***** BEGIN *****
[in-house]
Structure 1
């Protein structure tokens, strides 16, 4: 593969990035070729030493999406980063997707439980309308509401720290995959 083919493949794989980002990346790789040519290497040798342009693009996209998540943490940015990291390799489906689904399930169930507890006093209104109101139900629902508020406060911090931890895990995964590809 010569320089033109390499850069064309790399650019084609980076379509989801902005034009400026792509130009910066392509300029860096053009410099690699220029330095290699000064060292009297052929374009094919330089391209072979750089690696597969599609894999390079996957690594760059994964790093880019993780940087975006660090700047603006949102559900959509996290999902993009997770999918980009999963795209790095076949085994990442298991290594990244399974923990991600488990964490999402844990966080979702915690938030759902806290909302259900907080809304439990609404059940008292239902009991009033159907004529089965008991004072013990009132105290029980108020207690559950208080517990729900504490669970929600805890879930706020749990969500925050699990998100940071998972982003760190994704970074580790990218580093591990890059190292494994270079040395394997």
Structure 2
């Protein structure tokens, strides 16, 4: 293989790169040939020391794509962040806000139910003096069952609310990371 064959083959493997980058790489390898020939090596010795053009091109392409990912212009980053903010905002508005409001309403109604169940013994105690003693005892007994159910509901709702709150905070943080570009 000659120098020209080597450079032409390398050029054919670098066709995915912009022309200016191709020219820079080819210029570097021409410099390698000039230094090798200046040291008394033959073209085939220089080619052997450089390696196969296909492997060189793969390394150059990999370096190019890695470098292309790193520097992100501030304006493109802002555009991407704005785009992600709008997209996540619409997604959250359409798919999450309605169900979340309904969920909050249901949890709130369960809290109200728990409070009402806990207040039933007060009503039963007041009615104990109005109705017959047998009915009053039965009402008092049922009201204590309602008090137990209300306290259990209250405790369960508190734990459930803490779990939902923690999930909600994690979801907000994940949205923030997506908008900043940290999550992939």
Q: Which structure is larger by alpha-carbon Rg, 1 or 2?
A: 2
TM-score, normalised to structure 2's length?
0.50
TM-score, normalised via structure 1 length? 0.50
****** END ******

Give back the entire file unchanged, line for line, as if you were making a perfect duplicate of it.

[in-house]
Structure 1
């Protein structure tokens, strides 16, 4: 593969990035070729030493999406980063997707439980309308509401720290995959 083919493949794989980002990346790789040519290497040798342009693009996209998540943490940015990291390799489906689904399930169930507890006093209104109101139900629902508020406060911090931890895990995964590809 010569320089033109390499850069064309790399650019084609980076379509989801902005034009400026792509130009910066392509300029860096053009410099690699220029330095290699000064060292009297052929374009094919330089391209072979750089690696597969599609894999390079996957690594760059994964790093880019993780940087975006660090700047603006949102559900959509996290999902993009997770999918980009999963795209790095076949085994990442298991290594990244399974923990991600488990964490999402844990966080979702915690938030759902806290909302259900907080809304439990609404059940008292239902009991009033159907004529089965008991004072013990009132105290029980108020207690559950208080517990729900504490669970929600805890879930706020749990969500925050699990998100940071998972982003760190994704970074580790990218580093591990890059190292494994270079040395394997």
Structure 2
């Protein structure tokens, strides 16, 4: 293989790169040939020391794509962040806000139910003096069952609310990371 064959083959493997980058790489390898020939090596010795053009091109392409990912212009980053903010905002508005409001309403109604169940013994105690003693005892007994159910509901709702709150905070943080570009 000659120098020209080597450079032409390398050029054919670098066709995915912009022309200016191709020219820079080819210029570097021409410099390698000039230094090798200046040291008394033959073209085939220089080619052997450089390696196969296909492997060189793969390394150059990999370096190019890695470098292309790193520097992100501030304006493109802002555009991407704005785009992600709008997209996540619409997604959250359409798919999450309605169900979340309904969920909050249901949890709130369960809290109200728990409070009402806990207040039933007060009503039963007041009615104990109005109705017959047998009915009053039965009402008092049922009201204590309602008090137990209300306290259990209250405790369960508190734990459930803490779990939902923690999930909600994690979801907000994940949205923030997506908008900043940290999550992939």
Q: Which structure is larger by alpha-carbon Rg, 1 or 2?
A: 2
TM-score, normalised to structure 2's length?
0.50
TM-score, normalised via structure 1 length? 0.50